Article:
Global Child Forum and GES International have surveyed asset owner signatories to the Principles for Responsible Investment (PRI) in 2014, 2015, and 2017, in order to understand perspectives of the investor community on integrating children’s rights issues into decision-making processes. We are now taking stock of the knowledge generated from these surveys and from recent in-depth interviews with nine investors. The main findings of our work are presented in this report. The purpose of this report is twofold: to provide information and inspiration to investors by highlighting the relevance of children’s rights, and to supply concrete tools and frameworks for applying related perspectives. We also present two company examples which serve to demonstrate how investors can work with children’s rights on a practical level.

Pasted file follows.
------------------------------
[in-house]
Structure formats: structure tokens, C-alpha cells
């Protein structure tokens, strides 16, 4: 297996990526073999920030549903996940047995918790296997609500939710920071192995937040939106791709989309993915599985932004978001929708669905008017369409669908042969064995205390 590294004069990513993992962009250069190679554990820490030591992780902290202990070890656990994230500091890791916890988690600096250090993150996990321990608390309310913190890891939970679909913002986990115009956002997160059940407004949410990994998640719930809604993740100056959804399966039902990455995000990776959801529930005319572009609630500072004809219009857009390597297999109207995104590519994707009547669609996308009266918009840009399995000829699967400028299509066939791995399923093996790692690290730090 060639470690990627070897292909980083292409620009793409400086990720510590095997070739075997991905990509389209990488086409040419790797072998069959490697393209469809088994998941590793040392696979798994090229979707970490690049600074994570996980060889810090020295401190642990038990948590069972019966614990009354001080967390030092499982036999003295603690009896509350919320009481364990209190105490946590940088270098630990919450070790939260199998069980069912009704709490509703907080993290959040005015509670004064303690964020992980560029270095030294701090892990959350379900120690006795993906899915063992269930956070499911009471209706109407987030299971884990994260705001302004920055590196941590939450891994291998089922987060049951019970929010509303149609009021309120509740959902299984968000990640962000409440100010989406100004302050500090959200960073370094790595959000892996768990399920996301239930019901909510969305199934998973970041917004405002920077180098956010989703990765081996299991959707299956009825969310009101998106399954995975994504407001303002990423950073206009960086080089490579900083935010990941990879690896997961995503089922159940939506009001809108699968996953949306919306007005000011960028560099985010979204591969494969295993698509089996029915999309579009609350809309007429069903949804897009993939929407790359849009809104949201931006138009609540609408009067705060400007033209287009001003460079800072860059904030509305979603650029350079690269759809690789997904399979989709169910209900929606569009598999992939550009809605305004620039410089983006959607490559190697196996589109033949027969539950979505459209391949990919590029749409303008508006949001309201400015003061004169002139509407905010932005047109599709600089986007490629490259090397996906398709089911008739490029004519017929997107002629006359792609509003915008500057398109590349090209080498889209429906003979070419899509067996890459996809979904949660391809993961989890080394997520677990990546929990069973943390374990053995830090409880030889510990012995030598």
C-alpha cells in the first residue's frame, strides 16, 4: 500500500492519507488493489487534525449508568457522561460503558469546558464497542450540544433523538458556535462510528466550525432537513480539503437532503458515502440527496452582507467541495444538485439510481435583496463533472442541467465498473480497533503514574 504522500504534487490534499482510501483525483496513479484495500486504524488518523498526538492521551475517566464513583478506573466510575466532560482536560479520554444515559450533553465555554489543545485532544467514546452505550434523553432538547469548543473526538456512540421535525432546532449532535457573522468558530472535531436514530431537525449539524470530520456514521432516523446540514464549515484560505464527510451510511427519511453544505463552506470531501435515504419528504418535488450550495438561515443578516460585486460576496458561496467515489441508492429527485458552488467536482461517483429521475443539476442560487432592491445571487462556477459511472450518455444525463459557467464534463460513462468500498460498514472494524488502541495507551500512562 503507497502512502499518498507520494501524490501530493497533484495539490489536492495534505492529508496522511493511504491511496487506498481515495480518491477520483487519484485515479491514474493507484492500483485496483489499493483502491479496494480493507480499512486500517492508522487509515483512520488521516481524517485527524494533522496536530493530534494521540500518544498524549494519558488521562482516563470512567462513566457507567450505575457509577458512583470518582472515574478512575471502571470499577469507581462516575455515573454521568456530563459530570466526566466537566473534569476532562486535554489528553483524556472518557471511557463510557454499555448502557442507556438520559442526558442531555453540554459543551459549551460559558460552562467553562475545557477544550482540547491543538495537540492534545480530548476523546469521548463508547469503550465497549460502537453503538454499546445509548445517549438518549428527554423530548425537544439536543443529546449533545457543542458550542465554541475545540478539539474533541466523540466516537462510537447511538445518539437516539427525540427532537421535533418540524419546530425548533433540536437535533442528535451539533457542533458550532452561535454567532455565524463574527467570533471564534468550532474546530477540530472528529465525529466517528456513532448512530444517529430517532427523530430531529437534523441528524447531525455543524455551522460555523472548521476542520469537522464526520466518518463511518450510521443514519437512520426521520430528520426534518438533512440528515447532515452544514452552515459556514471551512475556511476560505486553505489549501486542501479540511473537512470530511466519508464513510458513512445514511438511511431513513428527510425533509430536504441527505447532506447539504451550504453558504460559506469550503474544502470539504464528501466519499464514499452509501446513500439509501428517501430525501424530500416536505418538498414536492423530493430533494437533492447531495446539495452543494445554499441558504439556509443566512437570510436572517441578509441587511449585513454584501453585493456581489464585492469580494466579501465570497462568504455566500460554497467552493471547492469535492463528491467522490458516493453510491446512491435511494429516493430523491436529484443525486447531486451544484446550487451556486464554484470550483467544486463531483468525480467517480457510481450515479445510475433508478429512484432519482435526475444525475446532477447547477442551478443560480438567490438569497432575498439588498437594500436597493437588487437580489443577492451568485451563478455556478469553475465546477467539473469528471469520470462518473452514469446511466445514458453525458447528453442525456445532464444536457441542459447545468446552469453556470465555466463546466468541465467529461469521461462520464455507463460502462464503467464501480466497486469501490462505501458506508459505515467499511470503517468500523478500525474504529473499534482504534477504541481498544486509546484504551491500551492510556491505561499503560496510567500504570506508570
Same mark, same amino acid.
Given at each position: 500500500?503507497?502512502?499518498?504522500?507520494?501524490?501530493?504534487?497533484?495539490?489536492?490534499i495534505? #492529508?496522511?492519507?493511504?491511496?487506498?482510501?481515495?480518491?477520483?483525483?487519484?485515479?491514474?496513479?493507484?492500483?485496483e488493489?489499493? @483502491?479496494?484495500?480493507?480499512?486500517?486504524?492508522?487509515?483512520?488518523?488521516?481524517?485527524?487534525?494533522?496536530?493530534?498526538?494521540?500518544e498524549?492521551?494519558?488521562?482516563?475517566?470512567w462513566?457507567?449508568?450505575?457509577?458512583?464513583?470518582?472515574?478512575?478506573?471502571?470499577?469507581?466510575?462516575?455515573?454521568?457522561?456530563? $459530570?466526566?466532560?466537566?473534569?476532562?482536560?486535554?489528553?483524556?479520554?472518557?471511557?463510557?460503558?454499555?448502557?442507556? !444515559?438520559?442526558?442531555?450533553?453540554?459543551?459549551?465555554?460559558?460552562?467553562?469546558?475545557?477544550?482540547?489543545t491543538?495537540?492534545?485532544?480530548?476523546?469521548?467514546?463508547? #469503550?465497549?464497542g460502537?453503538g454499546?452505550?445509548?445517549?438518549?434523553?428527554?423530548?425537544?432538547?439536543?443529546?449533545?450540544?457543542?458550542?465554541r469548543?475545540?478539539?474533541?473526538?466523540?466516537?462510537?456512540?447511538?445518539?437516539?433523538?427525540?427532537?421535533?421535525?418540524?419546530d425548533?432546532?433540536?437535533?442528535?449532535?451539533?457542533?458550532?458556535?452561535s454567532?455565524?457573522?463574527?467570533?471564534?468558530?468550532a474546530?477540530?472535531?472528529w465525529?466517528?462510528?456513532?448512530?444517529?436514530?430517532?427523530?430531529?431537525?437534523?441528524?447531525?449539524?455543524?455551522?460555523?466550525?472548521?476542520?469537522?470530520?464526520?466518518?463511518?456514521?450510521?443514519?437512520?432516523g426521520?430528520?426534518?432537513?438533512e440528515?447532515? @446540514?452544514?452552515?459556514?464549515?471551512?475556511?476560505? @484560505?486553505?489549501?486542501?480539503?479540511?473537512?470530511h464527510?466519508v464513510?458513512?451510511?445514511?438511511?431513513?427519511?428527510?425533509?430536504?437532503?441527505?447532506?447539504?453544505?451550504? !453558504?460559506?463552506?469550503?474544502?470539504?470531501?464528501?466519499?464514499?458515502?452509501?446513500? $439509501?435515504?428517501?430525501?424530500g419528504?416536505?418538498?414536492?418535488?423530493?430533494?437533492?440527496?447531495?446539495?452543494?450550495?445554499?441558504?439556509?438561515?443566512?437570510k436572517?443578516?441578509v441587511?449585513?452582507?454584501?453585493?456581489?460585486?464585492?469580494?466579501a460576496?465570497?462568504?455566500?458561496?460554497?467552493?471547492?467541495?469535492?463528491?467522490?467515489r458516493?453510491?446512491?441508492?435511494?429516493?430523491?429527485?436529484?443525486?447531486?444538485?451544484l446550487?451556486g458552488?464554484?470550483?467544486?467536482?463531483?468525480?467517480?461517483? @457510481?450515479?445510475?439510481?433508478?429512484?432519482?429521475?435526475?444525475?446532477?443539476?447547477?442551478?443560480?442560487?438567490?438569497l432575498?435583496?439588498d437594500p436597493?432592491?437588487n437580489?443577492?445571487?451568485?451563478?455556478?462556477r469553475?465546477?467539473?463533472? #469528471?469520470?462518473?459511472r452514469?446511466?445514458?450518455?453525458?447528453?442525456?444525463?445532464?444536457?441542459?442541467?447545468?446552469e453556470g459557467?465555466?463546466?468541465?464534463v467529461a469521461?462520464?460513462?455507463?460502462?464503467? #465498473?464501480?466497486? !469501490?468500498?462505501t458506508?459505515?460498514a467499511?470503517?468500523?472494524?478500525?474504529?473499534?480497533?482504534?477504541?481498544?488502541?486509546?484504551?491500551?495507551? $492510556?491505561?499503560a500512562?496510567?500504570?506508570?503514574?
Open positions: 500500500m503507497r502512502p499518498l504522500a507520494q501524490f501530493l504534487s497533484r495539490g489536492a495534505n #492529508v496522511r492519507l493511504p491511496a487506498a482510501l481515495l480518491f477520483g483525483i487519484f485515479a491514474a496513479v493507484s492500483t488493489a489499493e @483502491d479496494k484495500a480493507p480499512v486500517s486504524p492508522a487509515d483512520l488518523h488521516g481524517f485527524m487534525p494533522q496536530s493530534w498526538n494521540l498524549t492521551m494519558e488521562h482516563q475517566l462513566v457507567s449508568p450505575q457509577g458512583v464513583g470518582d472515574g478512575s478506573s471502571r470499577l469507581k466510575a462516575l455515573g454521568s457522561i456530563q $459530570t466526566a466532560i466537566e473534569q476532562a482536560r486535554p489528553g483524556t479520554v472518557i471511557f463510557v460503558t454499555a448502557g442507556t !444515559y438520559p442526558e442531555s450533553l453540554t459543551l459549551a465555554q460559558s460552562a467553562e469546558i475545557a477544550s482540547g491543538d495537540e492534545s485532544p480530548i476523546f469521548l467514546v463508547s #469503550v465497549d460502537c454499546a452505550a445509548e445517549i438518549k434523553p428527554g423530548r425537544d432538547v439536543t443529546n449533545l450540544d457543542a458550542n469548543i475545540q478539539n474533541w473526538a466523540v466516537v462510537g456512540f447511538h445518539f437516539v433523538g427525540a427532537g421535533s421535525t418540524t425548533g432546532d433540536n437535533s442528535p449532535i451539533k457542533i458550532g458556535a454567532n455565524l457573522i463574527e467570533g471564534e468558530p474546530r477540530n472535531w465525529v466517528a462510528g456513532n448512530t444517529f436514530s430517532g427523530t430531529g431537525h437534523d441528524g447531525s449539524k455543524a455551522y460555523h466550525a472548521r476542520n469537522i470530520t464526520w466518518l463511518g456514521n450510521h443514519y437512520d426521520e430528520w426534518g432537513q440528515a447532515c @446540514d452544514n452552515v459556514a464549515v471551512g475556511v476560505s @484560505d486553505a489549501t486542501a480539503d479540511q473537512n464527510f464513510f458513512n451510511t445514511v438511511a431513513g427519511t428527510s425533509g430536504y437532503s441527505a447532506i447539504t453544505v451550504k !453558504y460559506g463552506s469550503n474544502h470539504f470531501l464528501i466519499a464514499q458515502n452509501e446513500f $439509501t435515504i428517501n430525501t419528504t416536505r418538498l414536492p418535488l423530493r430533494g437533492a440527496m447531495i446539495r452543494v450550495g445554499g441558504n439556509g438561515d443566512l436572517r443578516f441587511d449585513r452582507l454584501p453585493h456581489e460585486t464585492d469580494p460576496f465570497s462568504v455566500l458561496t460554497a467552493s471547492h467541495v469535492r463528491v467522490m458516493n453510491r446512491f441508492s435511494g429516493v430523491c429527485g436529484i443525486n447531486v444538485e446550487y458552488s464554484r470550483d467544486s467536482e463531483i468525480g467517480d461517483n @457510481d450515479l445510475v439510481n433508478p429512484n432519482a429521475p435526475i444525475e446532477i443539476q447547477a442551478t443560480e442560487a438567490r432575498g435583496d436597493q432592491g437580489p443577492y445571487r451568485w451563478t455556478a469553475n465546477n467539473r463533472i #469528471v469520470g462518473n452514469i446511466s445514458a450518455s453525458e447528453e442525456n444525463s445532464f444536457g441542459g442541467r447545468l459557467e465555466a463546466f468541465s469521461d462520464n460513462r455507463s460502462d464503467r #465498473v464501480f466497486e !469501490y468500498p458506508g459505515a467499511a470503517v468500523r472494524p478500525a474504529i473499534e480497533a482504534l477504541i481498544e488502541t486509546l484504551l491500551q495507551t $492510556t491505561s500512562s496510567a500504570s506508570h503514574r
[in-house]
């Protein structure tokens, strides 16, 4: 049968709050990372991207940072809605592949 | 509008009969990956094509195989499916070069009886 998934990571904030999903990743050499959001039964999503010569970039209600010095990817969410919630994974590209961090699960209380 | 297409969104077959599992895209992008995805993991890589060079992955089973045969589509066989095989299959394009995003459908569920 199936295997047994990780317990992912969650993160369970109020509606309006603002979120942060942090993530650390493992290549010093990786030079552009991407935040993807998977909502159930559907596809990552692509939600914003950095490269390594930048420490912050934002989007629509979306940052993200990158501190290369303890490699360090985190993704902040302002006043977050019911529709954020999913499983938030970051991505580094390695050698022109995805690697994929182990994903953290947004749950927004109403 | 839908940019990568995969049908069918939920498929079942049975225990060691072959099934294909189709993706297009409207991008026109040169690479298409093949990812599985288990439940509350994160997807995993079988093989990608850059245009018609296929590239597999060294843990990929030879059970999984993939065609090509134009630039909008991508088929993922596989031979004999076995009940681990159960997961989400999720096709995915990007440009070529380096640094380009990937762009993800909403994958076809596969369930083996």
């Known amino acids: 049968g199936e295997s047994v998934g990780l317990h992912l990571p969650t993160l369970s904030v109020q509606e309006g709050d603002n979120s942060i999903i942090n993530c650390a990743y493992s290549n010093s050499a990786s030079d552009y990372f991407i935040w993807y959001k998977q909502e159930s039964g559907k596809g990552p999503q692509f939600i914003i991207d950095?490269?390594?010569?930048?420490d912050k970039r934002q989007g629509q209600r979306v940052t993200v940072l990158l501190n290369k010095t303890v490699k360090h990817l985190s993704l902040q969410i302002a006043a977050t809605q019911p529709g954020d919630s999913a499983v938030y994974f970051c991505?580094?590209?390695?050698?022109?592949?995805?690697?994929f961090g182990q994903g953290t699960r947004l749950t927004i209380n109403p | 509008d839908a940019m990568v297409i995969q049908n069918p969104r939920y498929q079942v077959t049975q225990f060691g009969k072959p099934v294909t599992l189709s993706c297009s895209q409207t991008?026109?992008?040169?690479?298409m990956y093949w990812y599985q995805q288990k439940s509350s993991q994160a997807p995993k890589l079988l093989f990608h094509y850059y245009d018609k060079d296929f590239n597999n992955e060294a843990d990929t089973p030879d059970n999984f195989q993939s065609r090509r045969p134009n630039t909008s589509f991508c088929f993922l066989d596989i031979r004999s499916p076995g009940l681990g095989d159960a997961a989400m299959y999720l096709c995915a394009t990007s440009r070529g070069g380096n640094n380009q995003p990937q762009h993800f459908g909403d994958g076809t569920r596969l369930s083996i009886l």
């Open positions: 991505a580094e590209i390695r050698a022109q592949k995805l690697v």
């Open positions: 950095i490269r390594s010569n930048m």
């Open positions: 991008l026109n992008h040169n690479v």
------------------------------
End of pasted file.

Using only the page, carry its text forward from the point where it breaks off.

benchmark study

Standard Chartered: Empowering girls to be agents of change

Standard Chartered is a leading international banking group. Many of the locations in which they operate are low income countries with high levels of gender inequality. The bank is therefore taking action to make positive social and economic contributions. Since 2006, they’ve supported girls, to take on leadership roles in their communities through the Goal program.   “We are asking ourselves:
‘How can we use the bank’s resources to help these girls reach their aspirations?’”
Natasha Kwakwa, Program Director, Goal Standard Chartered   In this Deep Dive, we delve deeper into the Goal program in order to understand its background story and key features. The insights are based on interviews with company representatives and publicly available resources. As part of our research on corporate children’s rights programs, we have also developed a guide for companies: “Corporate Children’s Rights Programs – Guidance and Best Practice”.